What is Global Warming?

Global warming is the increase in the Earth’s surface temperature. Human activity is causing the planet to heat up, which leads to extreme climate change. DeltaNet explains what global warming is, how it’s caused and what the consequences are if humans don’t change their behaviour.

Global warming refers to the gradual increase in the Earth’s surface temperature. Over the past five decades, the average global temperature has increased at the fastest rate in recorded history. Global warming is caused by human activities that increase the emission of greenhouse gases such as carbon dioxide. Individuals can measure how much they contribute to global warming by working out their carbon footprint. This calculates the amount of greenhouse gases generated by your day-to-day activities.

How is global warming caused?

Global warming is caused by the greenhouse effect. The greenhouse effect occurs when carbon dioxide and other greenhouse gases, such as methane and nitrous oxide, collect in the atmosphere. Humans cause an increase in greenhouse gases by burning fossil fuels, such as oil and coal, for energy. The same effect is also generated with cars when they burn fuel.

The greenhouse gases cause global warming when they absorb sunlight and solar radiation that have bounced off the Earth’s surface. The gases trap the heat so that it cannot escape into space, just like heat is trapped in a greenhouse. This causes the planet to get hotter.

Greenhouse gases also affect the ozone layer. We are protected from harmful ultra-violet radiation by the ozone layer. The ozone layer is damaged by greenhouse gases, which exposes us to the harmful rays and causes a rise in the Earth’s temperature. Cutting down trees has also contributed to global warming. When trees photosynthesise, they absorb carbon dioxide, which reduces the amount of it in the atmosphere. Deforestation means that less carbon dioxide is being removed from the air.

Global warming isn’t exclusively caused by human activity, though. Volcanic eruptions and other natural phenomena such as the Earth’s position relative to the sun also plays a role. However, human activity has the greatest impact on greenhouse gas emissions. In fact, since the industrial revolution, concentrations of greenhouse gases have increased by more than a third.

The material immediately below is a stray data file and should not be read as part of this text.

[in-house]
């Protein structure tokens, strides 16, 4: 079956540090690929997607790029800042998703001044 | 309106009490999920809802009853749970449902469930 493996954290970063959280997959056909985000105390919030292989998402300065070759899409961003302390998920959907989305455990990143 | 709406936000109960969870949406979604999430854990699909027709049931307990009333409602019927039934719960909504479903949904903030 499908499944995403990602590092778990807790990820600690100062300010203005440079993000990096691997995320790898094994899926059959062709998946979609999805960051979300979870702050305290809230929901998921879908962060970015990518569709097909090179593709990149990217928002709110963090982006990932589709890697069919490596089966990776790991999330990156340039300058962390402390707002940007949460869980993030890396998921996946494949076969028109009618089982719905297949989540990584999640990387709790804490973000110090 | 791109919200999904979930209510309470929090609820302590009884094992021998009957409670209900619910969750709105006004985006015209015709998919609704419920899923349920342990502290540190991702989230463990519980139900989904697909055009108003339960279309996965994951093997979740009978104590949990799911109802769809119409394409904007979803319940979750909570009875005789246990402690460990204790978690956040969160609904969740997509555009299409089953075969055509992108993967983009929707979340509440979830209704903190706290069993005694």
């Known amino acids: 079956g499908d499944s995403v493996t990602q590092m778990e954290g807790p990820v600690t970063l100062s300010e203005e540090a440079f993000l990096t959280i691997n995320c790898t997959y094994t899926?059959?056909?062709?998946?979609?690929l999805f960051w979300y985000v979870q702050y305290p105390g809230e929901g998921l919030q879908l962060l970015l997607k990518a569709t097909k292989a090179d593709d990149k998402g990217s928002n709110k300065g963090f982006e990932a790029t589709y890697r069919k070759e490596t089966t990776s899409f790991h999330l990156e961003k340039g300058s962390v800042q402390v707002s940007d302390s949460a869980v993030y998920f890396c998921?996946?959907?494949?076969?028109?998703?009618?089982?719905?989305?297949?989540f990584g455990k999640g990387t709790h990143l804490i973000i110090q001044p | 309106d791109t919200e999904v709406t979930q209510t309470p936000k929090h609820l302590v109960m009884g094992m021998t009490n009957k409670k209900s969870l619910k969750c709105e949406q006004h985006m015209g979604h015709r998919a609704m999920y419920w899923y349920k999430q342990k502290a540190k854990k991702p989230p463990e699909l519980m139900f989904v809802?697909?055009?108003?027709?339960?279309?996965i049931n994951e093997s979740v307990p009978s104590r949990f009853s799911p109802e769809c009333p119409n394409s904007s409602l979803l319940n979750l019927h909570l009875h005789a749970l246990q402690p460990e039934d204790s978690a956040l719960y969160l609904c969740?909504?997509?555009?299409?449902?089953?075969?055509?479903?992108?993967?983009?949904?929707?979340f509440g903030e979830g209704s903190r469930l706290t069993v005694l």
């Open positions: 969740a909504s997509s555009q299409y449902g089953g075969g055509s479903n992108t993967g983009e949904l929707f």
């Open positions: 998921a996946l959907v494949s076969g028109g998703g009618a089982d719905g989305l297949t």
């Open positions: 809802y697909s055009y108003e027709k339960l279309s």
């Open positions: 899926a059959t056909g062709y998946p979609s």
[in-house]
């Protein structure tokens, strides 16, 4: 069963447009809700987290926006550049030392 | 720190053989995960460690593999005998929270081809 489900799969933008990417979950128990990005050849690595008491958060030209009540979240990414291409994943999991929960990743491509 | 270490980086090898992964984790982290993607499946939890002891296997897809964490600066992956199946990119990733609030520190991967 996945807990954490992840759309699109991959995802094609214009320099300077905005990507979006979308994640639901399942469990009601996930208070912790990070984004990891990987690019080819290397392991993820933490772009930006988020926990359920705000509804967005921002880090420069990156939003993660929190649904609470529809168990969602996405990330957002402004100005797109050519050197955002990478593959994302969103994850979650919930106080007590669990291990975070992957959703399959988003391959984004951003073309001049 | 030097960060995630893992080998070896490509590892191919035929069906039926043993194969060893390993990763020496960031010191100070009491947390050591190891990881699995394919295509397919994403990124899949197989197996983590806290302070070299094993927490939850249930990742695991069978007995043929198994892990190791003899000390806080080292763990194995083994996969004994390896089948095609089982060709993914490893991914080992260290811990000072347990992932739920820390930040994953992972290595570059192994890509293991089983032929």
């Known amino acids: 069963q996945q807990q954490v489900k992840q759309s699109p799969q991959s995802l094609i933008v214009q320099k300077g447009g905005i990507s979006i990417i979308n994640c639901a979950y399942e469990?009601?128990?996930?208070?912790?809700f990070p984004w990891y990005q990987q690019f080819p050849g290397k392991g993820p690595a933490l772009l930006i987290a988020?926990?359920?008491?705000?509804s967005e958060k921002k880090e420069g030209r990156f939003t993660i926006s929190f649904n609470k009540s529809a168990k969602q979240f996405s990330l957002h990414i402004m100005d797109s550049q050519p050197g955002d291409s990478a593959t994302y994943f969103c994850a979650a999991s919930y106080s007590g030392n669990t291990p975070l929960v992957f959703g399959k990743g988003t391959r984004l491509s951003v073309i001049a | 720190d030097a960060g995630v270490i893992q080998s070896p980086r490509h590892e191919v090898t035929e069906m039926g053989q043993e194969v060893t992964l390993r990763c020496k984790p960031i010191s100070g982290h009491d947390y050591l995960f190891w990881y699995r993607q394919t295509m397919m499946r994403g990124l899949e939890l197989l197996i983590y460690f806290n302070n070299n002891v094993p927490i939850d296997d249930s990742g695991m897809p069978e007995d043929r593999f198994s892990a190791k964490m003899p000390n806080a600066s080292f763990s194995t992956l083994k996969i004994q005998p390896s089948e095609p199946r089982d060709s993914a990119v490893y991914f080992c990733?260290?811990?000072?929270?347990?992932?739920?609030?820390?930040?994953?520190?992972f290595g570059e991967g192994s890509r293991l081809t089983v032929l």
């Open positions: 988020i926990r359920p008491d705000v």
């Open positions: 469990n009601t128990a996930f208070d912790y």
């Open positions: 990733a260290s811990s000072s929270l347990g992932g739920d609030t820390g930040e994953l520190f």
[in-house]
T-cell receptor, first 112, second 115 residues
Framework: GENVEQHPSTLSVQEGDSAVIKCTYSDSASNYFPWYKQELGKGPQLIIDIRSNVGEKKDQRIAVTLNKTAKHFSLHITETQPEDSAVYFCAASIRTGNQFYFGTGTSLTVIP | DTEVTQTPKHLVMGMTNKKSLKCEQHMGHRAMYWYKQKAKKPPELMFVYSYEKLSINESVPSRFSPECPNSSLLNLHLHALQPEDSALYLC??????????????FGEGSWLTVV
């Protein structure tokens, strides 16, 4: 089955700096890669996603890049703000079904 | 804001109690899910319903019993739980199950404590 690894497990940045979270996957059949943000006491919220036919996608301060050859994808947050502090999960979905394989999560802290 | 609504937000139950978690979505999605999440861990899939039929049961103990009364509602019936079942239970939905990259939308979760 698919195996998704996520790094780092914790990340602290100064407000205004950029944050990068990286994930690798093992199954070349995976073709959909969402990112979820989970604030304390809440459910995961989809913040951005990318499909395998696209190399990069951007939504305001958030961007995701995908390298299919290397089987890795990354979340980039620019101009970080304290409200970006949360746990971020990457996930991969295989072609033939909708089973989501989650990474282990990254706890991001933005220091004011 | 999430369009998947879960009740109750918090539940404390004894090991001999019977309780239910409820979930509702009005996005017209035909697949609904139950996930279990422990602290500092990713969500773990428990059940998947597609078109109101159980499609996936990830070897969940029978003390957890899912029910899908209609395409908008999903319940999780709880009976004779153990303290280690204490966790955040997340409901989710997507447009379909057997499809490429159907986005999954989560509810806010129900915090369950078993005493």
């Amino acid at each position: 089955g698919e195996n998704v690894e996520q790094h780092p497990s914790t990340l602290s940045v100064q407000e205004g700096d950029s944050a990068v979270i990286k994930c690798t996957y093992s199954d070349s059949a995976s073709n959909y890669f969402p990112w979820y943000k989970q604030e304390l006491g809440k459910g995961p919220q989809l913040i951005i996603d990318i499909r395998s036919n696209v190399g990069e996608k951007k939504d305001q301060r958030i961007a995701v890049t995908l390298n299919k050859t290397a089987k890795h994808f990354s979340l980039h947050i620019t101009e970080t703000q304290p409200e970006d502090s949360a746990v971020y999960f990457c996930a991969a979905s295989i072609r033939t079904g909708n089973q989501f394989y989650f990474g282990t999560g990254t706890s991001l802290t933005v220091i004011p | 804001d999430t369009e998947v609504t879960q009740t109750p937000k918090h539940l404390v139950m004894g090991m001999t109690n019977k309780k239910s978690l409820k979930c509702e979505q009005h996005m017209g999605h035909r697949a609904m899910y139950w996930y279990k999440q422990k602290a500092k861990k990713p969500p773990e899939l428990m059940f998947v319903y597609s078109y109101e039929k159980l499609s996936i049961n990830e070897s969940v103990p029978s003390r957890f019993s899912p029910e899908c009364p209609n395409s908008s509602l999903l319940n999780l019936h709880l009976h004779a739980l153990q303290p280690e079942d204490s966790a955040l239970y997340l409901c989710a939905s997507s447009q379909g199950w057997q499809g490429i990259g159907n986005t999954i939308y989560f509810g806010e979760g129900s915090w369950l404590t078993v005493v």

What are the consequences of global warming? Why is it a problem?

There is a lot of research that suggests that the global temperature could rise more than two degrees Celsius by the end of the century. This has already had an observable impact on glaciers, as they’ve begun to shrink. There are many other predicted consequences of global warming, including:

  • Extreme weather conditions: Some research suggests that extremely wet winters could become up to five times more likely over the next one hundred years. This increases the chance of flooding, which puts homes, businesses and infrastructure at risk. The U.K. could also experience extreme heat in the summer, which might cause droughts. Droughts compromise access to drinking water and fuel out-of-control forest fires. This again endangers lives and habitats.
  • Heat-related illnesses: According to a 2009 U.K. Climate Projections report, the mean annual temperatures could rise by five degrees Celsius by 2080. This might cause an increase in heat-related mortality. Another health concern related to rising heat temperatures is the possible spread of diseases such as malaria.
  • Threats to wildlife and biodiversity: Extreme weather conditions pose a substantial risk to damaging various animal habitats and species’ ecosystems. Extreme heat in summer and extreme cold in winter could also affect agriculture. As ecosystems are under threat, existing stress factors such as pollution and land conversion are exacerbated. Climate change might also affect the food available for species, which increases the risk of their extinction if they can’t adapt to the new conditions. Any disruption to the food chain can eventually have an impact on humanity, which means we need to protect all ecosystems for own survival.


Polar bears are specially adapted to live in the Arctic. They have a remarkable sense of smell which helps them to catch seals – they can smell them from almost a kilometre away! They’re also well-equipped to survive the cold temperature with thick white coats and a layer of fat. The changes in their habitat caused by global warming mean that polar bears’ adaptations are redundant in surviving the new conditions. The rising temperatures are melting the sea-ice. This means that polar bears have to walk and swim further to get to ice where they can hunt for seals. Polar bears need around 12,000 calories a day (that’s about 23.6 McDonalds’ Big Macs), so this increase in distance means they’re wasting too much energy and beginning to starve as a result.

Polar bear extinction has significant consequences for humans. Polar bears have strong cultural significance for Arctic people (like cats for the Ancient Egyptians and pugs for millennials). They are also the top predators in the food web, which means they play a significant role in the balance of their ecosystem. We need to protect polar bears to ensure that the Arctic food chain stays healthy.

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